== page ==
Book title: Voice of a Dream
Author: Glaydah Namukasa
Publisher: Macmillan Publishers (2006)
It is no comedy movie stuff for a child to watch as a parent languishes in pain before eventually succumbing to HIV/Aids.
Such a child undergoes mental turmoil as images of a blurred future become more realistic with the final closure of the eyes. This is because the family is squarely placed to bear the brunt of the pandemic.
An exploration of authorship on Aids in Africa reveals a disturbing trend — writers concentrate on horror-like suffering by victims of the disease. This unconsciously leaves out those that suffer silently as relatives drop dead one after another.
But Glaydah Namukasa, a Ugandan midwife, has her eyes on the other side of the Aids story — suffering by close family relatives.
In her new novel, Voice of a Dream, Namukasa brings a new style in writing on Aids, which saves readers from the scare of reading horror-like tales of how the virus eats into its victims.
The story replicates others that mould the girl into a fighter, and Namukasa’s main character confronts societal setbacks before emerging on the other side of life unscathed but scared. Created in a Ugandan setting, the author adopts the use of simple present tense to tell her story. This style gives the story an easy touch.
The author creates Nanfuka, a teenage girl, who has lost a father through Aids. To compound her predicament, her mother abandons the ailing husband, tired of nursing a never-getting-well patient.
Just like any other child, Nanfuka is dumbfounded by the two occurrences. However, what weighs her down is how to fend for her siblings, her dream of a becoming a nurse notwithstanding.
Will an early marriage orchestrated by aunt Naka be the panacea to the family’s problems? Will evil ever triumph over good?
These are some of the questions the author sets out to answer in this text that won last year’s Macmillan Writers Prize.
The novel borrows its title from the dream young Nanfuka wishes to realise — to become the first nurse in Kitala. The turn of events in quite a number of chapters can be juxtaposed with the biting theme of early marriage espoused in Kizza Kamulega’s novella, A Second Chance for Nando.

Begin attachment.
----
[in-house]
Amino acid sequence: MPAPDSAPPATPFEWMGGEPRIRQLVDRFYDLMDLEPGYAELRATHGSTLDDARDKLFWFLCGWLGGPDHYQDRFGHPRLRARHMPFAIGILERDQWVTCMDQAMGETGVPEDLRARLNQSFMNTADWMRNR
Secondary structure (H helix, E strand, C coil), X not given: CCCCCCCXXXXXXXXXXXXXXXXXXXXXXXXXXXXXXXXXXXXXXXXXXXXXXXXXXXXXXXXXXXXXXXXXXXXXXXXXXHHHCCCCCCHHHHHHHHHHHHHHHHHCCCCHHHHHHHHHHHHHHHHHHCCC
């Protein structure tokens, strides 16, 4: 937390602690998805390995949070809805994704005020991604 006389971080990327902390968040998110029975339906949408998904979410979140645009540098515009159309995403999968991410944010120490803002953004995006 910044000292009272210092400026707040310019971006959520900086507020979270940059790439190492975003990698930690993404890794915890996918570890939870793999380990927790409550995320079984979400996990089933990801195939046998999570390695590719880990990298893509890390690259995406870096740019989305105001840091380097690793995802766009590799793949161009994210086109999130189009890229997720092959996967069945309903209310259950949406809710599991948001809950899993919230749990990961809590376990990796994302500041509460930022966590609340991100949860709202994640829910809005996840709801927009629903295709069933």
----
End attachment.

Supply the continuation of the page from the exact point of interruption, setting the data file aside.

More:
In Kamulega’s book, Aunt Tomiso attempts to marry off Nando, a schoolgirl, so that she can use her bride price to buy land for Nando’s “little brats’’ — her brothers orphaned by the death of parents through Aids.
Though the intention is a cry for the future of the children, the use of Nando’s marriage to salvage the situation is a violation of her rights. It exposes her to child labour.
But Aunt Naka’s intentions are both demeaning and wilful. She colludes with the provincial administration so that she can marry off Nanfuka, and then sell her parents’ piece of land.
Naka’s grouse over the burden of her brother’s children echoes that of aunt Rehema in Ahmed Latif’s Ndoa Kutoka Kuzimu. Aunt Rehema is full of joy after her brother dies as, naturally, this leaves her as the sole trustee of his property.
This proves hard as Amani, his eldest daughter, plans to sell the property for her selfish ends. The more reason she intends to marry her off so that culture blocks her from interfering in any way with her family’s property.
In the three texts, the authors warn of the tragedy of children whose parents die without leaving a Will. Theirs is a cry for the children who, more often than not, come face to face with an uncertain future.
By treating early marriages vis-à-vis child labour, Voice of a Dream is a wake-up call for society to treat orphans in a more decent way, lest they suffer from God’s wrath.
In Namukasa’s writing, one sees a keen determination to give hope to the hopeless, and a new lease of life for the wretched. It is not by sheer coincidence that the new government offers universal primary education. This saves young Nanfuka the herculean task of seeking fees through the sale of unmarketable mats.
While the language is simple, the work’s literary thrust is somehow thrown into oblivion as the author appears to have little savings in her literary bank. There is no denying that a plain language does help the reader grasp the main message. However, creative works have, as main ingredients, the use of colourful and artistic linguistic devices.
For example, there is little suspense in our wait for Mama Nanfuka’s return. The text also lacks any iota of creativity in choice of chapter titles. They are borrowed from the actual names of the characters and, at worse, they are repeated. This puts to question the author’s and publisher’s grasp of techniques to capture readers’ attention.
The exposure that comes with the Macmillan Prize will expose the text to teenage readers, thus a chance to inculcate in them the virtues of determination and hope for a bright future.
Born and brought up in Entebbe, Namukasa studied nursing and mid-wifery to college level. Though working as a nurse, she is currently a tutor with the British Council Crossing Borders Writing Scheme.